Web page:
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SANTA CRUZ—Crafting a Future of Resilience Beyond Borders: Kite Making Workshop
January 2, 2020 @ 6:00 am – 9:00 am
SANTA CRUZ—Come and participate in this hands-on craft-based workshop with Visiting Artist Federico Cuatlacuatl, exploring traditional Mexican kite-making as a tool to transcend current border politics and celebrate cultural resilience.
Thursday, January 2 2020, 2–5 pm
Subrosa Community Space
The Hub for Sustainable Living
703 Pacific Avenue
Santa Cruz, CA 95060
Free and open to the public. Wheelchair accessible. Metered and nearby 2hr parking available.
About the “Crafting a Future of Resilience Beyond Borders” Series
These workshops aim to frame culture and tradition as artistic modes of resistance, protest, and cultural survival skills. How do we respond to urgent massive migration concerns? How do we project ourselves into a future that threatens cultural extinction? Through traditional Mexican kite-making and drawing from traditional Mexican embroidery skills, we seek to address these questions and more. The act of making in this workshop embodies the spirit of activism, peaceful protest, and the celebration of cultural resilience. By making and flying kites and embroidering visual language of resistance we will protest together against the detention center deaths of immigrants at the hands of the current administration; the separation of children and youth from their families by the government; the fear and hatred that has been constructed around immigrants. And at the same time we will use traditional crafting skills as means to empower cultural resilience for future and current generations in the face of political, cultural, and ecological threats to our communities.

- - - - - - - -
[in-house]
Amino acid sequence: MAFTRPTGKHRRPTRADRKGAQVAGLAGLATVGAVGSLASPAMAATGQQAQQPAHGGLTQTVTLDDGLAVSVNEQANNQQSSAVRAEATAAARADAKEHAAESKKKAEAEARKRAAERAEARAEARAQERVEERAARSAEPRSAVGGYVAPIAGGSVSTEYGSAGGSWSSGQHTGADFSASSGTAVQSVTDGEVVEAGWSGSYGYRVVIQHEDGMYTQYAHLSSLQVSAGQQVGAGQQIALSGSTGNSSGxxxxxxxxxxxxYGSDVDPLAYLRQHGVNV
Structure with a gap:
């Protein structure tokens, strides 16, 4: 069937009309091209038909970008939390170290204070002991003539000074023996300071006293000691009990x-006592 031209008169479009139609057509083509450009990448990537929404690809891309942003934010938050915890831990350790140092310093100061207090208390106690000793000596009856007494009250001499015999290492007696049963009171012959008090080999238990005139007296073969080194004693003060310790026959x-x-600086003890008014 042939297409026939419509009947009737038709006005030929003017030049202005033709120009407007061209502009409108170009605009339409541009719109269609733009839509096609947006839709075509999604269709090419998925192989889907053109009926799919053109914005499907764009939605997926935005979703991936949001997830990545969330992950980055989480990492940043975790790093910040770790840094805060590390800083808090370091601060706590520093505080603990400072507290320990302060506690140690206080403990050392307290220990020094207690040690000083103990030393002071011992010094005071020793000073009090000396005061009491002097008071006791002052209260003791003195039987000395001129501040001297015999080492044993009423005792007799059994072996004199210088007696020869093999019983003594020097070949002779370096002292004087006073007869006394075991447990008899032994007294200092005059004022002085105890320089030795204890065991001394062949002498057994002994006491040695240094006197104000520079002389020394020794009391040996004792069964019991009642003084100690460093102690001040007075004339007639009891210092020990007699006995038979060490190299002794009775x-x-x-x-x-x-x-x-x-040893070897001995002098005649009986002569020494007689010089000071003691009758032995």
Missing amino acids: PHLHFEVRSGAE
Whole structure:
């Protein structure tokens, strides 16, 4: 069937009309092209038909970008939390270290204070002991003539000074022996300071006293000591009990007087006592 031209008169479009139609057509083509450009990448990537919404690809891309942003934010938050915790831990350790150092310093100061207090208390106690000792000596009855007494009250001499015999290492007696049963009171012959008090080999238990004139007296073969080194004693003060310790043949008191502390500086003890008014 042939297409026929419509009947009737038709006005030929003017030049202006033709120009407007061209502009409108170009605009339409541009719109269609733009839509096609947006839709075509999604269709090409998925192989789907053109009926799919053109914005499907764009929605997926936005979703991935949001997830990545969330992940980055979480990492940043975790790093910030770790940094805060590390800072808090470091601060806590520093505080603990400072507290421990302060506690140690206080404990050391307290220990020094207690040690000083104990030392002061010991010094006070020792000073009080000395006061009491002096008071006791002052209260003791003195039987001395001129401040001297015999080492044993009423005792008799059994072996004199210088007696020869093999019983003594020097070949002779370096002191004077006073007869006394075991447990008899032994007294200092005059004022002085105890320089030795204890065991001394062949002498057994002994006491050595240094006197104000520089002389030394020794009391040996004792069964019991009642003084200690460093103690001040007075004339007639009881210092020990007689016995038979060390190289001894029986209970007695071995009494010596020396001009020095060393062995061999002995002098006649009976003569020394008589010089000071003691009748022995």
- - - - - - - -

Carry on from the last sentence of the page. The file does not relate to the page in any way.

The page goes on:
About the Artist
Born in Cholula, Puebla, Mexico, Federico Cuatlacuatl is an indigenous artist based in Virginia. Federico’s work is invested in disseminating topics of Latinx immigration, social art practice, and cultural sustainability. Building from his own experience growing up as an undocumented immigrant and previously holding DACA (Deferred Action for Childhood Arrivals), Federico’s research is primarily concerned with pressing realities in current social, political, and cultural issues that Latinx undocumented immigrants face in the U.S. For more about Federico’s work visit cuatlacuatl.com.
This project is supported by California Humanities through a Humanities for All Quick Grant.